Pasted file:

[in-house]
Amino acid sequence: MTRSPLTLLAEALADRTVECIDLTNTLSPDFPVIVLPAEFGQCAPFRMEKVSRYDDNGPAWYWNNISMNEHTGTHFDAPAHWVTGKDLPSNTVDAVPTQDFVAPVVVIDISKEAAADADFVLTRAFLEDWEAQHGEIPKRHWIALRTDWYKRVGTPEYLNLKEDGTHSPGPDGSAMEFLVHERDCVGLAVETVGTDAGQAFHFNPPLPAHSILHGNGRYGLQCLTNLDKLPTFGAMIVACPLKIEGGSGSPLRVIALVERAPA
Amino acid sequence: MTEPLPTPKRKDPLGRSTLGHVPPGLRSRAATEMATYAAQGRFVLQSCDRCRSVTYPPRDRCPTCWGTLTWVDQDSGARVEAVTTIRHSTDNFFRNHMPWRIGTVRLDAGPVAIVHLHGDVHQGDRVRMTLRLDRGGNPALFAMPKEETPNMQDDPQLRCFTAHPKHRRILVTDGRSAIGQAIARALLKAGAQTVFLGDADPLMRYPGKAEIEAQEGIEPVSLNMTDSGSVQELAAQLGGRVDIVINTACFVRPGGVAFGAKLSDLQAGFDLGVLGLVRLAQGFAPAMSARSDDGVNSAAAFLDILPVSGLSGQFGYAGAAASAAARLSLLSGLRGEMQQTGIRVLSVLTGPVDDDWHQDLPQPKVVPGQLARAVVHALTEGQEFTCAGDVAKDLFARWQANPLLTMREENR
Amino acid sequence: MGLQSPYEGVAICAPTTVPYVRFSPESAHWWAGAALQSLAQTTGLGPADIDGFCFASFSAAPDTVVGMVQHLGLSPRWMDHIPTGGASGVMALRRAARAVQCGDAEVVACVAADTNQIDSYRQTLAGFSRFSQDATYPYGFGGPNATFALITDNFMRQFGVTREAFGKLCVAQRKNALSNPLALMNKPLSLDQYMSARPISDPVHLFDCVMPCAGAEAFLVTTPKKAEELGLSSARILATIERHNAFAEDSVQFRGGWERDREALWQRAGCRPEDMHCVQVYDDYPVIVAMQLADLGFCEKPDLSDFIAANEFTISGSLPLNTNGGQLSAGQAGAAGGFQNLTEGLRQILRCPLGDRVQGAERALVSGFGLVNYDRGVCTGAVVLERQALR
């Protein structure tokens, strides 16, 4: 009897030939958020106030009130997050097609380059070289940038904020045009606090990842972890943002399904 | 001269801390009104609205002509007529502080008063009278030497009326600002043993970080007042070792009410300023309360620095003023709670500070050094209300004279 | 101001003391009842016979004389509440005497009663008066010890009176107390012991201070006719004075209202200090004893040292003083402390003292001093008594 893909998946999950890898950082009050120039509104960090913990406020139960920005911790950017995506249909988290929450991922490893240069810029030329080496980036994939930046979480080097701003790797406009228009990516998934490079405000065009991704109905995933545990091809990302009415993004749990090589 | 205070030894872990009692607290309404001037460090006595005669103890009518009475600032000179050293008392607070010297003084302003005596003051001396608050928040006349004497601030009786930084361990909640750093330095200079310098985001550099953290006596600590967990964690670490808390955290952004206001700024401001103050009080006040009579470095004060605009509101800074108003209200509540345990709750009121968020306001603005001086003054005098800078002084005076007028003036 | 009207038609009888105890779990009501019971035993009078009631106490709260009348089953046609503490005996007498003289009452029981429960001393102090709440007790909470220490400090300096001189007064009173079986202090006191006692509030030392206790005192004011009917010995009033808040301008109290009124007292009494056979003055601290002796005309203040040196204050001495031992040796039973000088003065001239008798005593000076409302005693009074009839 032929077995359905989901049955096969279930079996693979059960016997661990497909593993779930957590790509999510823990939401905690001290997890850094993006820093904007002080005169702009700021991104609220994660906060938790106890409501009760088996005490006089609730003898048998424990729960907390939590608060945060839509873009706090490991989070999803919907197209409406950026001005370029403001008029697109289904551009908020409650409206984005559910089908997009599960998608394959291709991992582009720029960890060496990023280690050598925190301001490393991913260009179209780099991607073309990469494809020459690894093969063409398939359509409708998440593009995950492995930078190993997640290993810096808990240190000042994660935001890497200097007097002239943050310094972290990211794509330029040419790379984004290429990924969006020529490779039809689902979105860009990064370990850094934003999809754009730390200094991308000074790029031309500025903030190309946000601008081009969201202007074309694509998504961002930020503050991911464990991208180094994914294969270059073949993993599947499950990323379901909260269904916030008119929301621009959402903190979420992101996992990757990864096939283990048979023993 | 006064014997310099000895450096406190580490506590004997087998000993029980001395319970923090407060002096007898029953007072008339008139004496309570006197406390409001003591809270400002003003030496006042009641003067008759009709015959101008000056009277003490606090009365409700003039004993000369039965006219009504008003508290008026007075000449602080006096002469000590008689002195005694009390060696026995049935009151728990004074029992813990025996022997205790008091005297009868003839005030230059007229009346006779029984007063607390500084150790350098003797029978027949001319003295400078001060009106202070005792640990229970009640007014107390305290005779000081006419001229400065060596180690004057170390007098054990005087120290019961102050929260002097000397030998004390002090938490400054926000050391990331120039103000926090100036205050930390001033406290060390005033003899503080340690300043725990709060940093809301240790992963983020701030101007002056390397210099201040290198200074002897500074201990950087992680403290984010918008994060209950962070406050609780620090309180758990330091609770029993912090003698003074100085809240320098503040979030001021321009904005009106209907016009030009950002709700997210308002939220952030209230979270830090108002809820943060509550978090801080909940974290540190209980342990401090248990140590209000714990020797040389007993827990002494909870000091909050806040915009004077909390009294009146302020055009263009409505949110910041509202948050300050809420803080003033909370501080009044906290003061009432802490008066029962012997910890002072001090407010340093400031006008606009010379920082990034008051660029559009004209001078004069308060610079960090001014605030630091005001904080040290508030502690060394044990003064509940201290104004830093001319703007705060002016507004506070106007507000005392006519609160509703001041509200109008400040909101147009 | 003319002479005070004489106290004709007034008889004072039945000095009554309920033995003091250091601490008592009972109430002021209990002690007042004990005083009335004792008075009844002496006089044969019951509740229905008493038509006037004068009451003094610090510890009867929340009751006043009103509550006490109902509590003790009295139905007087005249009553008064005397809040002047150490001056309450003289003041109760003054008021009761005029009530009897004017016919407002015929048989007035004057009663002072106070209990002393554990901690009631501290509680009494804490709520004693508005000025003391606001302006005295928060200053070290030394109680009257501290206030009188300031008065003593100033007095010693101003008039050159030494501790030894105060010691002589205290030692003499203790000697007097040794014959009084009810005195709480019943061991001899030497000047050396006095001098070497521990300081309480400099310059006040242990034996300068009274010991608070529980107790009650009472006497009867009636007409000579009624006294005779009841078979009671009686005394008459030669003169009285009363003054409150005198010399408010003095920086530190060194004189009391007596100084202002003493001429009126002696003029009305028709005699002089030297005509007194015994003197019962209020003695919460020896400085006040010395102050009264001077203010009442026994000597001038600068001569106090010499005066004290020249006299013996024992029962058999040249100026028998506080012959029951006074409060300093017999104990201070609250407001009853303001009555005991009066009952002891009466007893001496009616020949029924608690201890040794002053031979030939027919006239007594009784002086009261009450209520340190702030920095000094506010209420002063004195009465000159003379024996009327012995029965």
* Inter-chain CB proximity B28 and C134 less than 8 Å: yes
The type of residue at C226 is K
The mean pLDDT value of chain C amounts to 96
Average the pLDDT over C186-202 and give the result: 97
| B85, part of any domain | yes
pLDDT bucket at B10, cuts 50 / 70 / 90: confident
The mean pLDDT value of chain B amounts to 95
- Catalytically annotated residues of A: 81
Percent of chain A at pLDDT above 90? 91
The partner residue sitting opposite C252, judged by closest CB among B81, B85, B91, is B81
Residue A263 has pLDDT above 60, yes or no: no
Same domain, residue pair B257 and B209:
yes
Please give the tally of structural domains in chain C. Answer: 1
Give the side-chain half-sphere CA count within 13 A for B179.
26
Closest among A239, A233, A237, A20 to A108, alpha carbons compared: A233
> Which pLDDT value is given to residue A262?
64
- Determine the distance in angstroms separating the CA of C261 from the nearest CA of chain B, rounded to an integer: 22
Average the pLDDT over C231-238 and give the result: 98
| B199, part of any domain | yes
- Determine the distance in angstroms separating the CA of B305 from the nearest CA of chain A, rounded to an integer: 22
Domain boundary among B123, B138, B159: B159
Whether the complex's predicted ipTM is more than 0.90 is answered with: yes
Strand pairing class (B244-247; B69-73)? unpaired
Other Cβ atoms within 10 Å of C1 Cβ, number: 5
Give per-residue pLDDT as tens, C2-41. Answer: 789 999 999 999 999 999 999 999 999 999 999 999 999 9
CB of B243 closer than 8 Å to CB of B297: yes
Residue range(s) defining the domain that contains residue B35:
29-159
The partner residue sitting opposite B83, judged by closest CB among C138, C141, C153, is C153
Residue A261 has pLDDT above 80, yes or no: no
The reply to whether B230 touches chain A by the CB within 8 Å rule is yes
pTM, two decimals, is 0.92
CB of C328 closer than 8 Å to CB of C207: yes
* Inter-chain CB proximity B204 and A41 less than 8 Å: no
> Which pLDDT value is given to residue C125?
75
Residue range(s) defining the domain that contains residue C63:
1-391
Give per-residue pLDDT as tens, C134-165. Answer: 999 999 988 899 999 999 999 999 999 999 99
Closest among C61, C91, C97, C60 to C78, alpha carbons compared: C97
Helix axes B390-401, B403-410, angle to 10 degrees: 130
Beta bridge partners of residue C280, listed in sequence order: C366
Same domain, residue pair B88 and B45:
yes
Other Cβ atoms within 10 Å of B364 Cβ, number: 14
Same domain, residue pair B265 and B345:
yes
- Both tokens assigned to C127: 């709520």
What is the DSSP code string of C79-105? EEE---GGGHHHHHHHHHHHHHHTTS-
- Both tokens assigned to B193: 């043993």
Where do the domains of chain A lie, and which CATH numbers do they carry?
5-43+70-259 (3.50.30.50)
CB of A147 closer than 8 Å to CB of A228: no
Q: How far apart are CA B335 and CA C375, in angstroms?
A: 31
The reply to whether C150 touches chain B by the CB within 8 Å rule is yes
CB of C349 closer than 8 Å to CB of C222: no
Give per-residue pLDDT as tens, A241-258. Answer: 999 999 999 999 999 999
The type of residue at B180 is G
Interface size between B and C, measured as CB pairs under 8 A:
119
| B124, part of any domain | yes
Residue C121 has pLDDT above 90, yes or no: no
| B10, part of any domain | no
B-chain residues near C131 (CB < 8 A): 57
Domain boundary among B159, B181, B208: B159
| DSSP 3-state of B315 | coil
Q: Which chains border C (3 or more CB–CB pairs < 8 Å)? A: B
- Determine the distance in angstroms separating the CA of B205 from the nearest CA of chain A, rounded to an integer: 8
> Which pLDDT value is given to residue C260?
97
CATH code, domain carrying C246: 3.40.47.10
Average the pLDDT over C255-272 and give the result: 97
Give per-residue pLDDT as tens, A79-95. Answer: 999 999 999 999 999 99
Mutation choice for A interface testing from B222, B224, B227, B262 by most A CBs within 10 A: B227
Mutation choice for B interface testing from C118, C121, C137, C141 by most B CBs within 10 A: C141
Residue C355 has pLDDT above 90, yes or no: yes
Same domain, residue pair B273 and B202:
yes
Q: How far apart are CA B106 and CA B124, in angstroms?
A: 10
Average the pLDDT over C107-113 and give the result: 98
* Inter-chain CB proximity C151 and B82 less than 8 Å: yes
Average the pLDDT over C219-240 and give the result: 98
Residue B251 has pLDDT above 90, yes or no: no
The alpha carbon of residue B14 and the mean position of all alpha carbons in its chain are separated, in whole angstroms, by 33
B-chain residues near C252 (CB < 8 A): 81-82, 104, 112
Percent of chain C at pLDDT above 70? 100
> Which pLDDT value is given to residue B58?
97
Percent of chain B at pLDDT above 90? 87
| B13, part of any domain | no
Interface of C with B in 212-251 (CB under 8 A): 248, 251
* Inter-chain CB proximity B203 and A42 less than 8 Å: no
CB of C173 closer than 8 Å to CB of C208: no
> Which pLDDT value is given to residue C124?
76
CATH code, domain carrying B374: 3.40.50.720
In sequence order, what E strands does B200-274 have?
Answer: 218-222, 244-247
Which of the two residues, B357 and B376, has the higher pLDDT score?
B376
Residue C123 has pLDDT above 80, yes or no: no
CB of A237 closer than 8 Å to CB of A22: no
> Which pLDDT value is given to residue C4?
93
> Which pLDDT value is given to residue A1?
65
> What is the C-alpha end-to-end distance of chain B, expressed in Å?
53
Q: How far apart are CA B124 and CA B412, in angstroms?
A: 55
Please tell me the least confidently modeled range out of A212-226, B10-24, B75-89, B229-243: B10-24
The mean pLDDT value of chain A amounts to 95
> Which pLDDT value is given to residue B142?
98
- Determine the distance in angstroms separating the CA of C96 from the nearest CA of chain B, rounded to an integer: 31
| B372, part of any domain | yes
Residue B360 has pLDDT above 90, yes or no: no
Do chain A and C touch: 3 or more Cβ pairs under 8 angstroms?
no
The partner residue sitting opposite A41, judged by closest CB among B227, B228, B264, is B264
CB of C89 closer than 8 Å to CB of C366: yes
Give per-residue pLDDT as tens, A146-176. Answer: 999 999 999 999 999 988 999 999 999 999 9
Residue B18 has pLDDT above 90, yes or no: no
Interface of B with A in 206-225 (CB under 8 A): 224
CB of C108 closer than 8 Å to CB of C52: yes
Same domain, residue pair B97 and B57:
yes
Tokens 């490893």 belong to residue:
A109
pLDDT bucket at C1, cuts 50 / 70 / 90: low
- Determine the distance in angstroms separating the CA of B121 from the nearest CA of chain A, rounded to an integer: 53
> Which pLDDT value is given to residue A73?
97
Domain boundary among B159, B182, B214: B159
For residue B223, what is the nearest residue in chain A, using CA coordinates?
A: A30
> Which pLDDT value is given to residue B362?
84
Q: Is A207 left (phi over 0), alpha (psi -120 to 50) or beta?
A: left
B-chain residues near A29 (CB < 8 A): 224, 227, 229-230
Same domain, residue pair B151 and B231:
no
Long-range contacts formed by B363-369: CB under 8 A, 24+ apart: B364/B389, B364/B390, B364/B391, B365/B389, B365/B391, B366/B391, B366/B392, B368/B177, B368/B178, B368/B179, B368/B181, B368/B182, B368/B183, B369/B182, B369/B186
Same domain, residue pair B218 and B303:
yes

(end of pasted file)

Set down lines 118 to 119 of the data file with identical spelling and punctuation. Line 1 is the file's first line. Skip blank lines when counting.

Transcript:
53
Q: How far apart are CA B124 and CA B412, in angstroms?